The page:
In order to maintain healthy skin and coat as well as overall health, it is important to provide good nutrition to your dog through a well-balanced diet, vitamins, and healthy treats.
Do they require a lot of grooming?
Havanese is not a wash and wear dog as they do require routine grooming. A full brush out 2 to 3 times a week is best with baths every 1 to 2 weeks depending on the amount of coat. Never brush a dry coat, always lightly mist with a hydrating spray. If the Havanese is kept in a shorter trim, weekly brush outs are still preferred. Routine baths ranging between 1 to 3 weeks are desirable. This is a breed that requires their caring owner to stay on top of routine maintenance.
What is a common problem in Havanese?
The Havanese is generally a healthy breed overall with relatively few major health issues. Some of the issues are cataracts, hip dysplasia, Legg-Calve Perthes, and Patellar Luxation. Legg-Calve Perthes occurs when the ball portion of the hip is damaged due to a deficiency in the blood supply. Symptoms normally appear between 6 – 12 months of age and include limping, pain, and eventually arthritis. Treatment of LCP varies depending on the severity. Patellar Luxation occurs when the kneecap pops out of the joint. The degree of severity and treatment varies. Responsible breeders test their breeding stock through the Orthopedic Foundation of Animals (OFA) to promote the health and well- being of their dogs in order to attempt to reduce the incidence of these genetic diseases.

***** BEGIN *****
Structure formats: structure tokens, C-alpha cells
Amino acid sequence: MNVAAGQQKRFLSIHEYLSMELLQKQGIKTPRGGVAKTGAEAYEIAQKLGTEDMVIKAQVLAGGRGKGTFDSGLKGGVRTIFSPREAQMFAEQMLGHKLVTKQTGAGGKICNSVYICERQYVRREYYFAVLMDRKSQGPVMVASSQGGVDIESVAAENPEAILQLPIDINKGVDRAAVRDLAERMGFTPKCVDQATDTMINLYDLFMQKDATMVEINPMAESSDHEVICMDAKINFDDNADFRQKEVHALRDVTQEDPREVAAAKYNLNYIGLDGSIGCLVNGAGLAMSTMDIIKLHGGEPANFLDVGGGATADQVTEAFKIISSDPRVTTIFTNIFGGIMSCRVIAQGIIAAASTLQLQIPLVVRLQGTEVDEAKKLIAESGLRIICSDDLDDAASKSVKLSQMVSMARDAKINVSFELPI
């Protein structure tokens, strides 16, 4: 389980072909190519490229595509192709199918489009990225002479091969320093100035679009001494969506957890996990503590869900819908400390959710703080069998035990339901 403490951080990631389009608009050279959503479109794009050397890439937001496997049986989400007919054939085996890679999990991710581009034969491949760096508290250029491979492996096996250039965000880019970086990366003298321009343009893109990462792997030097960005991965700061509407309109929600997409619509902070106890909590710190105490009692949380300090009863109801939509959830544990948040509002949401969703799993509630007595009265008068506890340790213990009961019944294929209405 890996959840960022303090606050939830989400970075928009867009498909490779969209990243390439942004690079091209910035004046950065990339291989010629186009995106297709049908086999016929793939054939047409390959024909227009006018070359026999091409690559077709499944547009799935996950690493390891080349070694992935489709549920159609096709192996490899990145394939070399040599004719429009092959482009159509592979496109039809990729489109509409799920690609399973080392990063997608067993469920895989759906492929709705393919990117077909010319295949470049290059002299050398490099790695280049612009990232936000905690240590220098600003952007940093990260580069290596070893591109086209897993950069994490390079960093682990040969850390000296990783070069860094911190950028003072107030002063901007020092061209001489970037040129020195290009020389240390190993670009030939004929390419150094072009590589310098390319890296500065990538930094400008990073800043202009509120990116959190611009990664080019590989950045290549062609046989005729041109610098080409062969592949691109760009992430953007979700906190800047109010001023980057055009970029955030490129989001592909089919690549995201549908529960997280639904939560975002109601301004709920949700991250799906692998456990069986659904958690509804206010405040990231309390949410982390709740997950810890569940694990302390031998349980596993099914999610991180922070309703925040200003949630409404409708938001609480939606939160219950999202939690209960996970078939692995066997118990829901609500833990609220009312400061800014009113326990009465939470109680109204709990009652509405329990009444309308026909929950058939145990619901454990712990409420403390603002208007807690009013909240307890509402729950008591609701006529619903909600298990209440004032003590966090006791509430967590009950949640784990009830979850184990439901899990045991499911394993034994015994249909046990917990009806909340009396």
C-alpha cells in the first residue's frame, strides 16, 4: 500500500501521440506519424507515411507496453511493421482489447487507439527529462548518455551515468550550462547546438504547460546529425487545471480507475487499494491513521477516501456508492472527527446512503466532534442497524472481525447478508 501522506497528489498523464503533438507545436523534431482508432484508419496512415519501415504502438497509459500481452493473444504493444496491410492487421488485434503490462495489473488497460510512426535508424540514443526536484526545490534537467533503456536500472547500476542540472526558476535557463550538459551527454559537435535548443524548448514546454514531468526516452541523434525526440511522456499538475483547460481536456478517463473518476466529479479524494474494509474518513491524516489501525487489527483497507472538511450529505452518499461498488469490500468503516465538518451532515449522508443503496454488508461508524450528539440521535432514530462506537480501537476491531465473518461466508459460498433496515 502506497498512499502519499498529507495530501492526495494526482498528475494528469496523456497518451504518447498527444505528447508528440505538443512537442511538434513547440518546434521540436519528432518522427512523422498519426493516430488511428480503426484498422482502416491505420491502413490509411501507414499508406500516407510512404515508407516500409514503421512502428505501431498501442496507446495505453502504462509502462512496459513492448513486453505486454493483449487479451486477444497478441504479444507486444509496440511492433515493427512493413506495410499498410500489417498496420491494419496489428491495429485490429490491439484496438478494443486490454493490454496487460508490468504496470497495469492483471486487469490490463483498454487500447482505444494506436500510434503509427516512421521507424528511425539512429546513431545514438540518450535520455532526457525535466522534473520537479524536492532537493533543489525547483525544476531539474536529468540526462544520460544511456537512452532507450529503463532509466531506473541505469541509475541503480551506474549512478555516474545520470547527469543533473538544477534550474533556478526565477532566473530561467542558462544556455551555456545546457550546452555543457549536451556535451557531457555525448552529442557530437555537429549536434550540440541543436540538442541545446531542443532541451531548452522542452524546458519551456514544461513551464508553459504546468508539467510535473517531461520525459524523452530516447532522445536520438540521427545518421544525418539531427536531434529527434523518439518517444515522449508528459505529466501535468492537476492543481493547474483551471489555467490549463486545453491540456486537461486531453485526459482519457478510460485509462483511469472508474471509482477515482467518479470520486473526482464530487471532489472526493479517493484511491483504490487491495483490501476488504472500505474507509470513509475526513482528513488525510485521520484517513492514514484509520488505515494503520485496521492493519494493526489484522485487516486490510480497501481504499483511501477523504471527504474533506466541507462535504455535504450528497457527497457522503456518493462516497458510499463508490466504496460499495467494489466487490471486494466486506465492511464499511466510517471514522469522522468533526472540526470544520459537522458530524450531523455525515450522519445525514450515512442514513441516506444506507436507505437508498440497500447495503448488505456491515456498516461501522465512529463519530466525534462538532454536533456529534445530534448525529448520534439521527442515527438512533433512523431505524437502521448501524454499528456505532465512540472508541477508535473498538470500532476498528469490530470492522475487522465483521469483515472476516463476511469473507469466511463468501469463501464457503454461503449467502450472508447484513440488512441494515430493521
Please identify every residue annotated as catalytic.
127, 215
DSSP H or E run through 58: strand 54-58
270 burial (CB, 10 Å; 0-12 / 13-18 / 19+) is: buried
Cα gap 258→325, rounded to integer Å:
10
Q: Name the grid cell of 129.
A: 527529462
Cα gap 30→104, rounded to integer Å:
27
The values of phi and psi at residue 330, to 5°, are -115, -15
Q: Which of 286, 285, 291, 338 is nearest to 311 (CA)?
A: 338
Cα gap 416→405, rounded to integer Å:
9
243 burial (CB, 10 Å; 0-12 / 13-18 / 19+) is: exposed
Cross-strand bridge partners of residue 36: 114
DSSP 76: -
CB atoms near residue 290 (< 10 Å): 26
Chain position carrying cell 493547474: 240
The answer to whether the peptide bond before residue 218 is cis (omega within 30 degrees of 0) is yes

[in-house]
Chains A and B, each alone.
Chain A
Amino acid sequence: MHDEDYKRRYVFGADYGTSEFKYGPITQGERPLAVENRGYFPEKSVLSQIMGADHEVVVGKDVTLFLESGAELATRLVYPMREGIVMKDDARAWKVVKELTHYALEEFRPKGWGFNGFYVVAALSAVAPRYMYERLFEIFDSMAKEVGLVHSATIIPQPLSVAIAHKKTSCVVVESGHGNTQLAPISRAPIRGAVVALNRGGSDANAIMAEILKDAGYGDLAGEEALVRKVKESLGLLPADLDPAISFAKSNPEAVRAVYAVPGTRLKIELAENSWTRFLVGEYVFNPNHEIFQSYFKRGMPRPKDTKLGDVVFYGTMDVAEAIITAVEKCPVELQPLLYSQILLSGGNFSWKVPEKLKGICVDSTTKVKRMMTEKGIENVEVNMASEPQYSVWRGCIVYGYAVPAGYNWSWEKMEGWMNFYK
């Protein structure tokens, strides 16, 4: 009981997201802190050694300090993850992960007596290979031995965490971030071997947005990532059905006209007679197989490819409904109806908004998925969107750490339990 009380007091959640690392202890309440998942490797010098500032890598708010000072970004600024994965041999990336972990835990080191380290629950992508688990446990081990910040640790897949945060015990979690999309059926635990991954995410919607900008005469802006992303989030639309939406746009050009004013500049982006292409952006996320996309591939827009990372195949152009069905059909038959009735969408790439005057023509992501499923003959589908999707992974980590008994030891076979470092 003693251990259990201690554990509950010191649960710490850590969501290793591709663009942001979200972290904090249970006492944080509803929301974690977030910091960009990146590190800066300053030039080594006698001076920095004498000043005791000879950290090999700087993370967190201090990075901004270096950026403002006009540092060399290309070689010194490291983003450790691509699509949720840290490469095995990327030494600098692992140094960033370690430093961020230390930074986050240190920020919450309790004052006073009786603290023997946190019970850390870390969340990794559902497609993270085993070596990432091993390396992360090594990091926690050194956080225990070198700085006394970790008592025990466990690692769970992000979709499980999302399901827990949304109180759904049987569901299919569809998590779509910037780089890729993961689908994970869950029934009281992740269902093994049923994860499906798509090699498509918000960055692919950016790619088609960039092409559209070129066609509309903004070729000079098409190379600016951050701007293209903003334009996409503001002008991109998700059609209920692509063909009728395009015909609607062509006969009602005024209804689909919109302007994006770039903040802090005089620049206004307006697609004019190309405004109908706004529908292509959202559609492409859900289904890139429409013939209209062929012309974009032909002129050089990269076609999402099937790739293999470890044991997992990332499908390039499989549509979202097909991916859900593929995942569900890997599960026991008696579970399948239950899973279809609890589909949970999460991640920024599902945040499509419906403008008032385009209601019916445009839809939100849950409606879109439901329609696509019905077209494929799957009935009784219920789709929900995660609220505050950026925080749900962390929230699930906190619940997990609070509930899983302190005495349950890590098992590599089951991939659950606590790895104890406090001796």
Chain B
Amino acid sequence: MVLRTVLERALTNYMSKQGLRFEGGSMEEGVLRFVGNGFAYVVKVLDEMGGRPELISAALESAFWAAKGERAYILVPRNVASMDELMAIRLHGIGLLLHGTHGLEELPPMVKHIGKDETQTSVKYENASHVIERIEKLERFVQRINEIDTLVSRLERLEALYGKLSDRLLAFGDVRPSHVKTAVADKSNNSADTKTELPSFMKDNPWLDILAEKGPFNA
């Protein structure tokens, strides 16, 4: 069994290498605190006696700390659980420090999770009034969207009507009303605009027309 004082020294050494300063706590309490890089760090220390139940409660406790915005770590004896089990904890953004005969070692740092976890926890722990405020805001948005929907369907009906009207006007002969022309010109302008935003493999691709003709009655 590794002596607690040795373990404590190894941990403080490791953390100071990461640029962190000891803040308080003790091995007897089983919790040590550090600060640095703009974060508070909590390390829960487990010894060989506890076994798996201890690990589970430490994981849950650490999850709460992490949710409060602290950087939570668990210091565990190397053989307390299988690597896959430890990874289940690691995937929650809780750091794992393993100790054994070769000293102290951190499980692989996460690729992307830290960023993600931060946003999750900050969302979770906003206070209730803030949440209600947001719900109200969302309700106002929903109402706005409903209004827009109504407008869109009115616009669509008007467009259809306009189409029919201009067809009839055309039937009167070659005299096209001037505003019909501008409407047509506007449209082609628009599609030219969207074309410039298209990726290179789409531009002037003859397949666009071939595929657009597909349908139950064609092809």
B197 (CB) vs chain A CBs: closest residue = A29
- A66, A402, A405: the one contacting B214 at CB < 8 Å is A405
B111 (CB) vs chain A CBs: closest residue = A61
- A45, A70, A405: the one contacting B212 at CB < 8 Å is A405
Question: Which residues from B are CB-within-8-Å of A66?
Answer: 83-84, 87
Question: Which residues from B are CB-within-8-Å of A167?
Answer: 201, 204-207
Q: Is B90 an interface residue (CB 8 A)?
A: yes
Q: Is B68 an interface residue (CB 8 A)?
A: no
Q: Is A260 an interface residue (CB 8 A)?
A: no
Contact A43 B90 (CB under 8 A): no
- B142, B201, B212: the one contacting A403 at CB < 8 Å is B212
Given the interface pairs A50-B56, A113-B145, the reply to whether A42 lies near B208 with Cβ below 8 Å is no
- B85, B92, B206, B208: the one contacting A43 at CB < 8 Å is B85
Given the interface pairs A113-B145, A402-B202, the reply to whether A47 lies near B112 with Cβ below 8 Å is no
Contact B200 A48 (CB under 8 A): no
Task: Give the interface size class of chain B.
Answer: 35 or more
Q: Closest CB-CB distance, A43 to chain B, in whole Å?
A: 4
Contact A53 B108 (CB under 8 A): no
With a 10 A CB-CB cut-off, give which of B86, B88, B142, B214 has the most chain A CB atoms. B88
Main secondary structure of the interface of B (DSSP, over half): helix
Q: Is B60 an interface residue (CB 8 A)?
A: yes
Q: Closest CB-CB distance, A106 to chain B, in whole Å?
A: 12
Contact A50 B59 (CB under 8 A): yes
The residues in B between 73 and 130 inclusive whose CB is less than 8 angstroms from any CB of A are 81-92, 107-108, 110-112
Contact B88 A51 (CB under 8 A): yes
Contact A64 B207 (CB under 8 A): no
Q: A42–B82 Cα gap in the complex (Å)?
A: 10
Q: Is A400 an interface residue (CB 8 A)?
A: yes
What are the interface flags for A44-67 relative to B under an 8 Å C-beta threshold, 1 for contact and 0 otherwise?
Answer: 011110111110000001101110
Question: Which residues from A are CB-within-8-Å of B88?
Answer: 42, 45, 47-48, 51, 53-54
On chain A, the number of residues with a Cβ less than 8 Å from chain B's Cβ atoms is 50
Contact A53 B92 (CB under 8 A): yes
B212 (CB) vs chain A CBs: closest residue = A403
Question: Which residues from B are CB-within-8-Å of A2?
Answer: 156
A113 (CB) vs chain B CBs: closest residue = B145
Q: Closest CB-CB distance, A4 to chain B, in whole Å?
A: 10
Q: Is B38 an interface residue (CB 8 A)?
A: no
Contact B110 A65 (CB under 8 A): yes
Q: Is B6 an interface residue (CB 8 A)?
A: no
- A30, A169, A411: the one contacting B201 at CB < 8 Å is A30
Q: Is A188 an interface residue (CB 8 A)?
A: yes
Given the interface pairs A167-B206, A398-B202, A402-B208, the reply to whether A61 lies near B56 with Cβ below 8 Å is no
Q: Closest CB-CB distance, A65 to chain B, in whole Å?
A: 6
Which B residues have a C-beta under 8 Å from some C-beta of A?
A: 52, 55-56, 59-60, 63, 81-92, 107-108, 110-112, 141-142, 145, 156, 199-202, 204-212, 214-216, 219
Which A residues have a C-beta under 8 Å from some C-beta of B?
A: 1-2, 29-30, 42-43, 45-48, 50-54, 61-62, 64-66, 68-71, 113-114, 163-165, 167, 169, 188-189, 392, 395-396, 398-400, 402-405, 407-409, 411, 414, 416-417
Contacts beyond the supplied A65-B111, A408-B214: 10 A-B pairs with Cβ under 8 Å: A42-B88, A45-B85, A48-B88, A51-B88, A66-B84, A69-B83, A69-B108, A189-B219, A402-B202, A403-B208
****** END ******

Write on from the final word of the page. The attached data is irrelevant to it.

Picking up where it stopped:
Do Havanese shed or cause allergies?
Shedding is minimal with Havanese. They tend to produce less dander than other breeds, therefore reducing the chances of an allergic reactions. However, before bringing a Havanese into your home if you suffer from allergies, you should spend some time around the breed to make sure you do not have a reaction.
Are Havanese good with children?
This delightful breed is exceptionally well suited for a family with children. Their solid build makes him solid enough to withstand some rough and tumble play. Havanese adore children and their company. However, as with any breed, a small child should never be left alone with any dog.
What if I have a show dog?
Whether you have a show dog or a companion quality dog, the same basic care is given regarding nutrition, socialization, and hygiene. A major difference is the method of grooming that is required and the conditioning for the show ring. The Havanese’ abundant show coat can sometimes be overwhelming to maintain. It is quite helpful if your breeder can mentor and lead you in the right direction upon entering the wonderful world of showing dogs. A great place to start is with the national breed club like the Havanese Club of America, www.havanese.org.